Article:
Forged: Why Fakes Are The Great Art Of Our Age

Forged: Why Fakes Are The Great Art Of Our Age

Book - 20130103
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According to Vasari, the young Michelangelo often borrowed drawings of past masters, which he copied, returning his imitations to the owners and keeping originals. Half a millennium later, Andy Warhol made a game of "forging" the Mona Lisa, questioning the entire concept of originality.Forged explores art forgery from ancient times to the present. In chapters combining lively biography with insightful art criticism, Jonathon Keats profiles individual art forgers and connects their stories to broader themes about the role of forgeries in society. From the Renaissance master Andreadel Sarto who faked a Raphael masterpiece at the request of his Medici patrons, to the Vermeer counterfeiter Han van Meegeren who duped the avaricious Hermann Goring, to the frustrated British artist Eric Hebborn, who began forging to expose the ignorance of experts, art forgers have challenged"legitimate" art in their own time, breaching accepted practices and upsetting the status quo. They have also provocatively confronted many of the present-day cultural anxieties that are major themes in the arts. Keats uncovers what forgeries - and our reactions to them - reveal about changing conceptions of creativity, identity, authorship, integrity, authenticity, success, and how we assign value to works of art. The book concludes by looking at how artists today have appropriated many aspects of forgerythrough such practices as street-art stenciling and share-and-share-alike licensing, and how these open-source "copyleft" strategies have the potential to make legitimate art meaningful again. Forgery has been much discussed - and decried - as a crime. Forged is the first book to assess great forgeries as high art in their own right.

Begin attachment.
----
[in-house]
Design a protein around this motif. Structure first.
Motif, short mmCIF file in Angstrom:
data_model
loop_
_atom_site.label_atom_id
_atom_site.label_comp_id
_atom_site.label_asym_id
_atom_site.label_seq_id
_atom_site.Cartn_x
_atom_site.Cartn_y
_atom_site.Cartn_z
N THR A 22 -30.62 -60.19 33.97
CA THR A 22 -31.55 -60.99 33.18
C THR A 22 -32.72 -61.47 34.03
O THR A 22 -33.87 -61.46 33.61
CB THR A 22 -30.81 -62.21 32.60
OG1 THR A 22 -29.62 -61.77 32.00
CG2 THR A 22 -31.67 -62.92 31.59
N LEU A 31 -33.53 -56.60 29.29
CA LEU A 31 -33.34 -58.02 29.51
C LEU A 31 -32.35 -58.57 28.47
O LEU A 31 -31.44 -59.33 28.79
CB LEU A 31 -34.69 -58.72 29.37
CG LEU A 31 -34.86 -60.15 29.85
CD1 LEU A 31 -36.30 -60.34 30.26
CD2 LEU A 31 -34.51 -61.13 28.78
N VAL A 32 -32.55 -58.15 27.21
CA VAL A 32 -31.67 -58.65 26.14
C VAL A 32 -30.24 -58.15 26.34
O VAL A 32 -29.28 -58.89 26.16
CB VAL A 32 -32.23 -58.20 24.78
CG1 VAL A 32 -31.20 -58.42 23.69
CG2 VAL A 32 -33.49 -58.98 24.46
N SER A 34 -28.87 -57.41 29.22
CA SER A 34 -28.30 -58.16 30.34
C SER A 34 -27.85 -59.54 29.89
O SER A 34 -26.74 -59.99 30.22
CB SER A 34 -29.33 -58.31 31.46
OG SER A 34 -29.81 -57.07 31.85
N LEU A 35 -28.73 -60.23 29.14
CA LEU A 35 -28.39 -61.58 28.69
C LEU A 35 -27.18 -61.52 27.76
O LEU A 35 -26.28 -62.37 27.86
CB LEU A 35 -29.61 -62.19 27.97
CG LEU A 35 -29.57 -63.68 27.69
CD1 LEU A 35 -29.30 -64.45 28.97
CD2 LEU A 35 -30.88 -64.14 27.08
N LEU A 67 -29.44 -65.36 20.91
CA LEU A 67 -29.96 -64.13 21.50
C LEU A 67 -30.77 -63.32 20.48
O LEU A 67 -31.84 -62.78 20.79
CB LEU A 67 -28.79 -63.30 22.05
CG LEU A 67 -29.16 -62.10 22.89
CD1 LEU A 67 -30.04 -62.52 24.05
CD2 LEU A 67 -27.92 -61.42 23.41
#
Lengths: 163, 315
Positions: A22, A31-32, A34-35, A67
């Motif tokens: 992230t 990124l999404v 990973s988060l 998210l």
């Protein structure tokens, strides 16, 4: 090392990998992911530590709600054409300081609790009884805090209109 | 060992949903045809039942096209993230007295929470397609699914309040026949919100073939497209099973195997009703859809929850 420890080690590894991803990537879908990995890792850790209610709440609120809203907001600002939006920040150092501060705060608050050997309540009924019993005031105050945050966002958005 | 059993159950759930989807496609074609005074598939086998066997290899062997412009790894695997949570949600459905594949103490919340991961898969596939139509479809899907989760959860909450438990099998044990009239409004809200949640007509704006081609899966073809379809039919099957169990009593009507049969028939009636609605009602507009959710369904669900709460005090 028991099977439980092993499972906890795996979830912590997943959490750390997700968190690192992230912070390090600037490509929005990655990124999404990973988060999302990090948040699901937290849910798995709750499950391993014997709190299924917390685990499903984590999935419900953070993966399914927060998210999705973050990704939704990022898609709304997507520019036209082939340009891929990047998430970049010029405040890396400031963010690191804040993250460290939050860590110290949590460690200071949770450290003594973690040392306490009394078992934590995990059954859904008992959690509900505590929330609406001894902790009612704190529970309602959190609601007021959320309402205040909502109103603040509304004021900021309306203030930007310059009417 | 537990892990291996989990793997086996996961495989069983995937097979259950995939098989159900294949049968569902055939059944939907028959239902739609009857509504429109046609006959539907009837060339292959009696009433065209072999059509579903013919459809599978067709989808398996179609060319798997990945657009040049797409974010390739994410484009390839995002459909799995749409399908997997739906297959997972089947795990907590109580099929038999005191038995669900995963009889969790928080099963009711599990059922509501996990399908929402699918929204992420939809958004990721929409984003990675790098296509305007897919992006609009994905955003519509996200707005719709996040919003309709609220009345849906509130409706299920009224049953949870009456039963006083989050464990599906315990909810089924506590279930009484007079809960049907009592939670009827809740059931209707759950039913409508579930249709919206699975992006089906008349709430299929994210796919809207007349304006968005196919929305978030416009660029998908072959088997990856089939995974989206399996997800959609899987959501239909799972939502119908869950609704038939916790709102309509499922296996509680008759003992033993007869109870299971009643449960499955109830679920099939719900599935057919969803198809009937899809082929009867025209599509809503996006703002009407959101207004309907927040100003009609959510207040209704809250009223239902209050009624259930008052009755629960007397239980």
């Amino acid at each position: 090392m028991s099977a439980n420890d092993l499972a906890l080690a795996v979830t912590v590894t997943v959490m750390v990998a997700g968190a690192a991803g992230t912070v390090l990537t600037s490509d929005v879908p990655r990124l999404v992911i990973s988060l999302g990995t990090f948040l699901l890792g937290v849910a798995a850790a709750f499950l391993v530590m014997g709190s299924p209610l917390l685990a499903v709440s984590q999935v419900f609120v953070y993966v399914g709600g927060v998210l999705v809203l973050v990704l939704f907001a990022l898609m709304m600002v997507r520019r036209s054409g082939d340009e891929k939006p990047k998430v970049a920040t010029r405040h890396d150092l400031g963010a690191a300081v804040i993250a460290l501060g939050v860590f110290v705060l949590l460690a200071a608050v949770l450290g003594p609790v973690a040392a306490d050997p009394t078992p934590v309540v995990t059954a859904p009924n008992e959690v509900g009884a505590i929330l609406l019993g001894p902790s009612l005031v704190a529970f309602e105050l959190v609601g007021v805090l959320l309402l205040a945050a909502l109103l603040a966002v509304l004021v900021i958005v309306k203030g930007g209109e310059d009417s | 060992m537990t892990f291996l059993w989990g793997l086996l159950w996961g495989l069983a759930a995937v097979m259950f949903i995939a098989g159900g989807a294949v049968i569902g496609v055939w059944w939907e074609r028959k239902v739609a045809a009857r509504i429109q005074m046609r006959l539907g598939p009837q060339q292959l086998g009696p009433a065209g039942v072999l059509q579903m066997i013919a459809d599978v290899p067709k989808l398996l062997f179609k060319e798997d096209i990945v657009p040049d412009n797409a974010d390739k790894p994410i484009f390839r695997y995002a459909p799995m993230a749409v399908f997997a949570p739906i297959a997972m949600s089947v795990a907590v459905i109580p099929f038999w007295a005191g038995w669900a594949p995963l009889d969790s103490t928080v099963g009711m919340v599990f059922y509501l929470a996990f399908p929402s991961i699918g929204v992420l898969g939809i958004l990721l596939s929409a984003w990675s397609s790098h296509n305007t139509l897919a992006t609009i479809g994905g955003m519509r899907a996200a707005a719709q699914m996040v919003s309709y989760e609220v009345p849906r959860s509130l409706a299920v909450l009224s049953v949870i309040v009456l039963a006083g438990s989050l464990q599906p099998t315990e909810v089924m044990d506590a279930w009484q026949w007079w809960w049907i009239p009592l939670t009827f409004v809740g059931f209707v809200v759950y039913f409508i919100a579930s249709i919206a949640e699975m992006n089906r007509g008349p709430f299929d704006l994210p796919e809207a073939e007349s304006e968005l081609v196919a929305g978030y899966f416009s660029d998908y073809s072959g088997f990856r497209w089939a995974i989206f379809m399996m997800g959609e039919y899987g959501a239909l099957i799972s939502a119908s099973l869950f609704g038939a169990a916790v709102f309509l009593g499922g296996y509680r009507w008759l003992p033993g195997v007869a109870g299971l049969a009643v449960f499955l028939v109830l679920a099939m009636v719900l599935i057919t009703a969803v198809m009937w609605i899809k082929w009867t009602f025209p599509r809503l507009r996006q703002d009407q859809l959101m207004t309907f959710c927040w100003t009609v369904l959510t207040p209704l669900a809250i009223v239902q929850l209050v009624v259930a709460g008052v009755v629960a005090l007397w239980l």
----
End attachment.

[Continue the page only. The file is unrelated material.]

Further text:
Publisher: Oxford University Press, USA 20130103
ISBN: 9780199928354
0199928355

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Drayjayeff
Aug 25, 2013

Forged is entertaining to read for characters like Tom Keating. It's satisfying when the elitism and pomposity of the art establishment are justifiably exposed to ridicule. If Keats had been content to do that, this would be a much better book. Ironically, both his thesis and his attempts support it are just as pretentious as the connoisseurs and art historians he lampoons. He provides footnotes for nearly everything except specialized terms which is annoyingly snobbish. And, beyond that, if you're trying to pillory the experts, you need to get your own facts right. Misspelling Urbino (one of the most famous and prolific of Renaissance courts) as Urbano in the title of Titian's Venus of Urbino TWICE doesn't help Keats' credibility. Nor does failing to mention that scholars Lisa del Giocondo isn't the only candidate for the subject of the Mona Lisa. We're usefully reminded that concern about authenticity on the part of collectors and institutions is a fairly recent phenomenon, but the text becomes very muddled towards the end. Ruminations on appropriation art, culture jamming, etc. are tangentially and tenuously related to Keat's dubious premise and ultimately lead nowhere.

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